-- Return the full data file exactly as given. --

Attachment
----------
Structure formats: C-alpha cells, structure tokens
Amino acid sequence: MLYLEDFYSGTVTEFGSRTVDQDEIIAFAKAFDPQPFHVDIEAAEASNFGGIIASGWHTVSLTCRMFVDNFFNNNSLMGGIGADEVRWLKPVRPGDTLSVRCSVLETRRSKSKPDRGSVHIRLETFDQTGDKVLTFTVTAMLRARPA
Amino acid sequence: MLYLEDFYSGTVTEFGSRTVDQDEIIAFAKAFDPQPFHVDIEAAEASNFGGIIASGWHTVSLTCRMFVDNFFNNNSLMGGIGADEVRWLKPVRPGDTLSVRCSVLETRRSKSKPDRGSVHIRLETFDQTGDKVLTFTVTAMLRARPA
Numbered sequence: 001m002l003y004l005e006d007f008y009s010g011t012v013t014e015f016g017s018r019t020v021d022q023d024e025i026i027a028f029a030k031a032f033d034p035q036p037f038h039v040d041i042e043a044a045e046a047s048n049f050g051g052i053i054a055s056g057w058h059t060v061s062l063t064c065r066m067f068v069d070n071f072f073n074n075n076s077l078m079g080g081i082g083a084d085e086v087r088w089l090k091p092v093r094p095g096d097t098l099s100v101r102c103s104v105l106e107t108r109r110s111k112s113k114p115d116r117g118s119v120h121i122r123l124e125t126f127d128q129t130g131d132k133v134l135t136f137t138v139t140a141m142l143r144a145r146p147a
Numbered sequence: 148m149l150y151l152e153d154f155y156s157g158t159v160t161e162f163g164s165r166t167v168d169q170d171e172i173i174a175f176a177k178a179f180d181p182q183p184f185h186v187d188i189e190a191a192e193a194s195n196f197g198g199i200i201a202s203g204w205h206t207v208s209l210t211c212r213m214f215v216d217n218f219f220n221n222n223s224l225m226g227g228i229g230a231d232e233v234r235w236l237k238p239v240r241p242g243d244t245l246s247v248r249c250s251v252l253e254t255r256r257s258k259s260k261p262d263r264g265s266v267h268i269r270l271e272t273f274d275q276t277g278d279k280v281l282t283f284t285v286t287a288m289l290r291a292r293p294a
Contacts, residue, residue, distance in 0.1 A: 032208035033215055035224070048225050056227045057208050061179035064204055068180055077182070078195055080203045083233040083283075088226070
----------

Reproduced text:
Structure formats: C-alpha cells, structure tokens
Amino acid sequence: MLYLEDFYSGTVTEFGSRTVDQDEIIAFAKAFDPQPFHVDIEAAEASNFGGIIASGWHTVSLTCRMFVDNFFNNNSLMGGIGADEVRWLKPVRPGDTLSVRCSVLETRRSKSKPDRGSVHIRLETFDQTGDKVLTFTVTAMLRARPA
Amino acid sequence: MLYLEDFYSGTVTEFGSRTVDQDEIIAFAKAFDPQPFHVDIEAAEASNFGGIIASGWHTVSLTCRMFVDNFFNNNSLMGGIGADEVRWLKPVRPGDTLSVRCSVLETRRSKSKPDRGSVHIRLETFDQTGDKVLTFTVTAMLRARPA
Numbered sequence: 001m002l003y004l005e006d007f008y009s010g011t012v013t014e015f016g017s018r019t020v021d022q023d024e025i026i027a028f029a030k031a032f033d034p035q036p037f038h039v040d041i042e043a044a045e046a047s048n049f050g051g052i053i054a055s056g057w058h059t060v061s062l063t064c065r066m067f068v069d070n071f072f073n074n075n076s077l078m079g080g081i082g083a084d085e086v087r088w089l090k091p092v093r094p095g096d097t098l099s100v101r102c103s104v105l106e107t108r109r110s111k112s113k114p115d116r117g118s119v120h121i122r123l124e125t126f127d128q129t130g131d132k133v134l135t136f137t138v139t140a141m142l143r144a145r146p147a
Numbered sequence: 148m149l150y151l152e153d154f155y156s157g158t159v160t161e162f163g164s165r166t167v168d169q170d171e172i173i174a175f176a177k178a179f180d181p182q183p184f185h186v187d188i189e190a191a192e193a194s195n196f197g198g199i200i201a202s203g204w205h206t207v208s209l210t211c212r213m214f215v216d217n218f219f220n221n222n223s224l225m226g227g228i229g230a231d232e233v234r235w236l237k238p239v240r241p242g243d244t245l246s247v248r249c250s251v252l253e254t255r256r257s258k259s260k261p262d263r264g265s266v267h268i269r270l271e272t273f274d275q276t277g278d279k280v281l282t283f284t285v286t287a288m289l290r291a292r293p294a
Contacts, residue, residue, distance in 0.1 A: 032208035033215055035224070048225050056227045057208050061179035064204055068180055077182070078195055080203045083233040083283075088226070